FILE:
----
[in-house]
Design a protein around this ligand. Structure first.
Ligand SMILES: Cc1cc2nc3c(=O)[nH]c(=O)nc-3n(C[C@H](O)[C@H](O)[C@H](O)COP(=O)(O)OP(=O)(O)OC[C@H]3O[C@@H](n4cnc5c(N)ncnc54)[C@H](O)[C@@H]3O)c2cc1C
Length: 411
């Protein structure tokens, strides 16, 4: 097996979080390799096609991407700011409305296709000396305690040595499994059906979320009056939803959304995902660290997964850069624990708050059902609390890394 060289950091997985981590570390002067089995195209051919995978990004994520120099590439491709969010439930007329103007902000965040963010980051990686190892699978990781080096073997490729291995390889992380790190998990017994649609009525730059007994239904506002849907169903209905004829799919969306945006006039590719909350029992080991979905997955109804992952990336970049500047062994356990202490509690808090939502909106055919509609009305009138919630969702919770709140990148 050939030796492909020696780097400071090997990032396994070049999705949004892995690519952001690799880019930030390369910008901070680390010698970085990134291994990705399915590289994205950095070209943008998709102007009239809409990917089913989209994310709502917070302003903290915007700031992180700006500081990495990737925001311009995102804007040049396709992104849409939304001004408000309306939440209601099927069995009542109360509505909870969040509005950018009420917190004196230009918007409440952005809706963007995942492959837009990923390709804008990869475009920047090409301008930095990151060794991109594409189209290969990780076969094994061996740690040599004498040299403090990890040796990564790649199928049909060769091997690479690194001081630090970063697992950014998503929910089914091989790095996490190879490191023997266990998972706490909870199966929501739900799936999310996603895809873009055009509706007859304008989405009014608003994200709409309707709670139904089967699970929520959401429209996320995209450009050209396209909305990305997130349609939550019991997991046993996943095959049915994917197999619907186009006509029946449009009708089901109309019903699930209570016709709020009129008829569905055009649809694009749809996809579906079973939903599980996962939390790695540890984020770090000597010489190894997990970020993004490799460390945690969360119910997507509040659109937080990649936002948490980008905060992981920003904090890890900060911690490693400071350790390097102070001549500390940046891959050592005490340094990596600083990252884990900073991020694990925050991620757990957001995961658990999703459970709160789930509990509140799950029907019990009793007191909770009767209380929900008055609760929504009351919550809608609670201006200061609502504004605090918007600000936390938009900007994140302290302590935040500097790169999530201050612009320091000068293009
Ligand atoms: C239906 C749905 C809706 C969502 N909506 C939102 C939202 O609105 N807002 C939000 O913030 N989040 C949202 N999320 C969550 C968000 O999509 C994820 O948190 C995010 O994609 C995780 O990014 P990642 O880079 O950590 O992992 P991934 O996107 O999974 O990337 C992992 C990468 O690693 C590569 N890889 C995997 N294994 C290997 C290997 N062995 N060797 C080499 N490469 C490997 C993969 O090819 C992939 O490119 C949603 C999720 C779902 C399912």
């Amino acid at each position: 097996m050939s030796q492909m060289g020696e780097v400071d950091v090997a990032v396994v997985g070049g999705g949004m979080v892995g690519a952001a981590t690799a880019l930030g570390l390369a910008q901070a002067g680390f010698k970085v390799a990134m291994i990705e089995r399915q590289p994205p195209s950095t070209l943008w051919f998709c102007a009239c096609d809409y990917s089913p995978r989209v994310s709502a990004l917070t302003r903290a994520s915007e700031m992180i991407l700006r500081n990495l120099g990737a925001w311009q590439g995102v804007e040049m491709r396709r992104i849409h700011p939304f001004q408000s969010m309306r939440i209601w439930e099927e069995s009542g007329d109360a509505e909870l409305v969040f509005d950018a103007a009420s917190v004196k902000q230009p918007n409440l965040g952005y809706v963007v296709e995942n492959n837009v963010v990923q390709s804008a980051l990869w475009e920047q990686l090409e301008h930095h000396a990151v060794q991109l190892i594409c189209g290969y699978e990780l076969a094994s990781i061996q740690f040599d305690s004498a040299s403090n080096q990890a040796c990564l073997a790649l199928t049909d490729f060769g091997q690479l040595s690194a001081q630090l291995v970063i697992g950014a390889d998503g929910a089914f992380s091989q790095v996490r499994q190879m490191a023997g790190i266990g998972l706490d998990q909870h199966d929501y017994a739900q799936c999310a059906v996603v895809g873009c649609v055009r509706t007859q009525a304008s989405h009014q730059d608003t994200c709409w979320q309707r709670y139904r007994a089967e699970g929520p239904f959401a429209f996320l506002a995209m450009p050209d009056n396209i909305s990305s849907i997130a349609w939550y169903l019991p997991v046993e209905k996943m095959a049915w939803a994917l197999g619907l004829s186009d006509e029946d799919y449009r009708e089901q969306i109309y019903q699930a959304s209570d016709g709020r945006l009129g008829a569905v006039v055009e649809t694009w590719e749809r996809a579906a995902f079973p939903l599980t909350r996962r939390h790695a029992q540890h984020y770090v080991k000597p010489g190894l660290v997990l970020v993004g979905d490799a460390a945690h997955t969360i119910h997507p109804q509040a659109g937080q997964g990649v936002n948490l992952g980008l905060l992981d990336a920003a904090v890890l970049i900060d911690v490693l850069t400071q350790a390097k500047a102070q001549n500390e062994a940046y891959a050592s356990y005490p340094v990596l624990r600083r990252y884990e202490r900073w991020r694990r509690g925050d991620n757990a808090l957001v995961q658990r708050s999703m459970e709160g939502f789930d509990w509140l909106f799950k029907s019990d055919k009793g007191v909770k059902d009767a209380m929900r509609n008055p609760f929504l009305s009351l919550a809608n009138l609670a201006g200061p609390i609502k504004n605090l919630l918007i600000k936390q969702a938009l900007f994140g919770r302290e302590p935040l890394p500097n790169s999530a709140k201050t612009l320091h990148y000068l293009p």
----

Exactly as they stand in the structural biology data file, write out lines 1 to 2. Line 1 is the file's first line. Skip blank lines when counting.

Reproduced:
[in-house]
Design a protein around this ligand. Structure first.